Are X-Rays Safe While Pregnant?

Learn when radiation reaches dangerous levels and what's considered safe.
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Updated April 2, 2018
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It’s usually safe to get certain x-rays while pregnant. In fact, the FDA makes clear that the risk of not having a needed x-ray could be much greater than any risk of radiation. Still, if you’re told you need an x-ray, make sure to alert the medical staff that you’re pregnant. Depending on the body part involved, they may decide to postpone or reduce the amount of radiation.

X-rays work by allowing radiant energy to penetrate the body, producing a picture of internal structures like bones and organs. While different x-rays require different amounts of radiation to do this, common diagnostic x-rays don’t overexpose you or baby to radiation.

“During most x-ray examinations—like those of the arms, legs, head, teeth, or chest—your reproductive organs are not exposed to the direct x-ray beam,” the FDA says. “So these kinds of procedures, when properly done, do not involve any risk to the unborn child.”

But what about x-rays on your lower torso, like your abdomen, stomach, pelvis, lower back or kidneys? In these cases, your baby may be directly exposed to the x-ray beam.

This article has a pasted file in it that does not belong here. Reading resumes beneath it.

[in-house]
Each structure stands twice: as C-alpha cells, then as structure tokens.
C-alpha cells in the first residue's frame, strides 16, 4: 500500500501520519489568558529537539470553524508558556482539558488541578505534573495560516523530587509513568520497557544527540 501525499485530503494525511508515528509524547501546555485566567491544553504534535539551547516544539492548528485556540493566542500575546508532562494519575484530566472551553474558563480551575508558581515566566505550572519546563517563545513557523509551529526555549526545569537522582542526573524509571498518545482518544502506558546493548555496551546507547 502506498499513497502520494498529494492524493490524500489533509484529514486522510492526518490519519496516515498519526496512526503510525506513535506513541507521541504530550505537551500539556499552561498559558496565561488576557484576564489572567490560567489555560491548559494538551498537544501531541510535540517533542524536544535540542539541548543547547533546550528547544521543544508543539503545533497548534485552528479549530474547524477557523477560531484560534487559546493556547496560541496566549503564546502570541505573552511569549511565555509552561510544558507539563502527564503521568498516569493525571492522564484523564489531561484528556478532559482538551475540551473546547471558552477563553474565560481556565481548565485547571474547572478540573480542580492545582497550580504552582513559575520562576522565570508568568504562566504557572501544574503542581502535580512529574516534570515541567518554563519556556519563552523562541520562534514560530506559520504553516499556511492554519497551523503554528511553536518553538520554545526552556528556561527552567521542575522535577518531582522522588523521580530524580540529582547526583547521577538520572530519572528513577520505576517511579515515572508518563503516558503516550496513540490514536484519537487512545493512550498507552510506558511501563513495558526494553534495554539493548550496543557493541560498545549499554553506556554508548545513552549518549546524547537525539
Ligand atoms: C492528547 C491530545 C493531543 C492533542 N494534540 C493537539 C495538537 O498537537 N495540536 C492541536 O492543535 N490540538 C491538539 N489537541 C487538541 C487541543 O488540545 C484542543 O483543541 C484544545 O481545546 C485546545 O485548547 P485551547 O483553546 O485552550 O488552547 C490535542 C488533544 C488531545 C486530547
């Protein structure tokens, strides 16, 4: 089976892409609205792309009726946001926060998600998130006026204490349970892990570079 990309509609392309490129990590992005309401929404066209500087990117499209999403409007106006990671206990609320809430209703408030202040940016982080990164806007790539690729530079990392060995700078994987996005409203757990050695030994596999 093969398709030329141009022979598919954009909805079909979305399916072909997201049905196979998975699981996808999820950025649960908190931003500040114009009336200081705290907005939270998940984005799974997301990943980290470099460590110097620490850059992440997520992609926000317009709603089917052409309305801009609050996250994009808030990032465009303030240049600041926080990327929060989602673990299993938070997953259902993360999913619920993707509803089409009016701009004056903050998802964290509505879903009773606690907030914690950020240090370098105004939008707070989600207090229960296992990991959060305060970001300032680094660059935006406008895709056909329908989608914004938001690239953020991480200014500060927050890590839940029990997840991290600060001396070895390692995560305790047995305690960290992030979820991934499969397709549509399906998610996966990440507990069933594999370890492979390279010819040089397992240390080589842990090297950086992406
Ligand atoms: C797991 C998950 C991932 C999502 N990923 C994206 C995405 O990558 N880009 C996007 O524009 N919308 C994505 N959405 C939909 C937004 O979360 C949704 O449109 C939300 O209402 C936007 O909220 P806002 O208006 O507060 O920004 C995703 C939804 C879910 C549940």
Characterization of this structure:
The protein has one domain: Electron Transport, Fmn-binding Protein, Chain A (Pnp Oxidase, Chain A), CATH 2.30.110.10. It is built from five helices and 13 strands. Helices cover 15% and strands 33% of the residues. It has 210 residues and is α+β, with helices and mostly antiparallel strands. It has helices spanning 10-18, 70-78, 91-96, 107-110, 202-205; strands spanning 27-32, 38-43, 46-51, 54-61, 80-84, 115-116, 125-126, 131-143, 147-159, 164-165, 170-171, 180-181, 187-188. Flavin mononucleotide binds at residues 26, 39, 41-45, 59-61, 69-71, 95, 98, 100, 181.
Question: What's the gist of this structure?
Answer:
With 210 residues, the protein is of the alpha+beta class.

“There is scientific disagreement about whether the small amounts of radiation used in diagnostic radiology can actually harm the unborn child, but it is known that the unborn child is very sensitive to the effects of things like radiation, certain drugs, excess alcohol and infection,” the FDA says. “This is true, in part, because the cells are rapidly dividing and growing into specialized cells and tissues. If radiation or other agents were to cause changes in these cells, there could be a slightly increased chance of birth defects or certain illnesses, such as leukemia, later in life."

The word “leukemia” may be enough to have you swearing off x-rays altogether. But one individual x-ray is likely not enough to cause you or your baby any harm. In fact, the CDC defines a small dose of radiation as equivalent to 500 chest x-rays or less, noting that “most researchers agree that babies who receive a small dose of radiation at any time during pregnancy do not have an increased risk for birth defects.” In the event a fetus is exposed to large doses of radiation, the CDC says it’s most sensitive between weeks 2 and 18 of pregnancy.

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As patient resource explains, it’s worth noting we’re exposed to naturally-occurring radiation every day. Each year, the average American is exposed to about 3 millisieverts (mSv) of radiation. A routine chest x-ray will expose you to about 0.1 mSv, or the rough equivalent of the normal amount of radiation you’d experience after 10 days in your usual surroundings. At 0.4 mSv, a mammogram equates to about seven weeks of natural radiation exposure. You can ask your doctor how much exposure is expected of any given x-ray, and see a more comprehensive list here.

Updated April 2017

Please note: The Bump and the materials and information it contains are not intended to, and do not constitute, medical or other health advice or diagnosis and should not be used as such. You should always consult with a qualified physician or health professional about your specific circumstances.

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